Isolated RBC-MVs were imaged by electron microscopy as individual particles or aggregates of spherical vesicles of various sizes (Figure 1A). Dynamic light-scattering analysis showed that isolated RBC-MVs were <1 µm in diameter (supplemental Figure 1A). NTA revealed that, although the size of RBC-MVs varied from 10 to 700 nm, the majority (97%–99%) had a diameter ≤200 nm (supplemental Figure 1B). RBC-MVs were strongly positive for surface expression of PS, comparable to that of 4 µM synthetic lipid vesicles containing 15% PS (Figure 1B). The concentration of stored RBC-MVs increased gradually with duration of storage from an average of 1.15 × 1012 MVs/mL at days 15 to 17 to 4.54 × 1012 MVs/mL at day 42 and 5.68 × 1012 MVs/mL at day 45 (Figure 1C). However, the size distribution of RBC-MVs did not vary significantly during the storage time (Figure 1D).
TG initiated by RBC-MVs in plasma is independent of the extrinsic pathway
Addition of RBC-MVs to recalcified normal pooled plasma (NPP) triggered TG in a dose-dependent manner (supplemental Figure 2A). In contrast, no TG was observed in recalcified NPP supplemented with up to 400 µM synthetic lipid vesicles (supplemental Figure 2B). Stored RBC-MV–induced TG gradually increased with duration of storage (Figure 2A). When the RBC-MV concentration was plotted against peak TG, we observed a positive linear correlation that reflected the duration of storage (supplemental Figure 2C). These data indicate that TG increases with the duration of RBC storage, primarily as a result of an increase in RBC-MVs. Robust TG induced by RBC-MVs was still observed in the presence of inhibitory antibodies to tissue factor (clone HTF1) or tissue factor-FVIIa complex (clone 5G9) or in FVII-deficient plasma (Figure 2B). Furthermore, tissue factor activity was undetectable on RBC-MVs (Figure 2C). Collectively, these results indicate that RBC-MVs initiate TG in plasma, independent of the extrinsic coagulation pathway, consistent with previous reports.16,19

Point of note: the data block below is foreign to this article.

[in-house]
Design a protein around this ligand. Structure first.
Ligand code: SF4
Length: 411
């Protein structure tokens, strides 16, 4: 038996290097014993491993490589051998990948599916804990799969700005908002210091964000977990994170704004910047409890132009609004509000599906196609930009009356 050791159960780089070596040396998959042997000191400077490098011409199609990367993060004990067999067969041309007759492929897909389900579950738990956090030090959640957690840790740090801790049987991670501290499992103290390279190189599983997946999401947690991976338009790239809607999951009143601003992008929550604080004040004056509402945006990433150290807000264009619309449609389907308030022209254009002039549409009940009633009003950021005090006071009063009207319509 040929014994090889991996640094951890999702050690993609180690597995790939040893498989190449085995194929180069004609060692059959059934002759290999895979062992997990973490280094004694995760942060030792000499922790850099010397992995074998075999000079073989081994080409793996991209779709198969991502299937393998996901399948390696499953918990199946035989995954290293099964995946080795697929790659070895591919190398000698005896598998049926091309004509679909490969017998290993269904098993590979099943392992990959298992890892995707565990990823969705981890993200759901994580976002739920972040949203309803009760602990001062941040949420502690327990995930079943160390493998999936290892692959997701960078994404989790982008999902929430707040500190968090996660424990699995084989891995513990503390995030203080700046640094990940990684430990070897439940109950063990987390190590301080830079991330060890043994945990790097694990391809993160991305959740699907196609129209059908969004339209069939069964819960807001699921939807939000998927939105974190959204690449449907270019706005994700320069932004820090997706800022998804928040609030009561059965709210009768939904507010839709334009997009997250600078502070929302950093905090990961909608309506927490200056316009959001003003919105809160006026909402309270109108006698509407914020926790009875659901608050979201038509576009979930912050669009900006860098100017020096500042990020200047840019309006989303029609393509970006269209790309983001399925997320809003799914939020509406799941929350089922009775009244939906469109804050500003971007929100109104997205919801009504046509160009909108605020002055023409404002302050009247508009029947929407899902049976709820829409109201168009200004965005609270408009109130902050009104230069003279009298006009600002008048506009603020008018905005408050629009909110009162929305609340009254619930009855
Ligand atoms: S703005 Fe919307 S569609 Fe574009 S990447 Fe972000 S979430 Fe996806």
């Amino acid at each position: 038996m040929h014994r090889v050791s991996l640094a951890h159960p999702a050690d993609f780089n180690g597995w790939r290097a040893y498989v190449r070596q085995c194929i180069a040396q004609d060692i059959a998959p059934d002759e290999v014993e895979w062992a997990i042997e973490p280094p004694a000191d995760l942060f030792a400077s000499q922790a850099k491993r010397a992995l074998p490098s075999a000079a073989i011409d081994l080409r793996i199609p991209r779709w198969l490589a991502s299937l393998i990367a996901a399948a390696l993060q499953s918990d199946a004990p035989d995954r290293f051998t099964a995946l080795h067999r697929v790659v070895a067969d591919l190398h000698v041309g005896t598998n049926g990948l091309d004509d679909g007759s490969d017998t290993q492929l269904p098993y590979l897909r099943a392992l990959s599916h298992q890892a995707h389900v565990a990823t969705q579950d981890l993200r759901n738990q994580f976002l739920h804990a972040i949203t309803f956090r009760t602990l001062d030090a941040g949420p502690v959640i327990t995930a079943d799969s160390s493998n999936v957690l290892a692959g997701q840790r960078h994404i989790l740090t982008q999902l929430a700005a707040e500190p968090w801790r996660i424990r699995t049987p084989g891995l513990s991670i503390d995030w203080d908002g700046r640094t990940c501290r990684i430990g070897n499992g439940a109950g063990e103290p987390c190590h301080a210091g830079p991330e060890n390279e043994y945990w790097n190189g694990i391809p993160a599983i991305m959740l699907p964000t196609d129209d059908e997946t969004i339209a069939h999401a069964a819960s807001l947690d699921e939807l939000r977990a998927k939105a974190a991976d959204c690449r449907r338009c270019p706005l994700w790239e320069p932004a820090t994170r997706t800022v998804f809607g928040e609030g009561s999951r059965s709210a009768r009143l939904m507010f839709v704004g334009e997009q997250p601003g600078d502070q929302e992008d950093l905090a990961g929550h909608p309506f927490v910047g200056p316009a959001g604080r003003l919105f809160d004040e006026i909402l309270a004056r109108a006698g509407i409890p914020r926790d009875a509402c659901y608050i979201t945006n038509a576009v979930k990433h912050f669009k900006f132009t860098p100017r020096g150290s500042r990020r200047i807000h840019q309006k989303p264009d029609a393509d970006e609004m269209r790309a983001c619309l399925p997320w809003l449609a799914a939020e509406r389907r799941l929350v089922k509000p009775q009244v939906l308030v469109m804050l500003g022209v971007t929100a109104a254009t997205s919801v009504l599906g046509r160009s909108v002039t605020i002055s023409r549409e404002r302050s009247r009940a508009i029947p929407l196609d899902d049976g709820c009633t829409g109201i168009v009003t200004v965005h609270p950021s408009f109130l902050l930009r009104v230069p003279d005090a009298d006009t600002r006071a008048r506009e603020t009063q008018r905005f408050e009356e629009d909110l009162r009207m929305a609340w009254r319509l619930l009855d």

TG initiated by RBC-MVs in plasma is dependent on FIX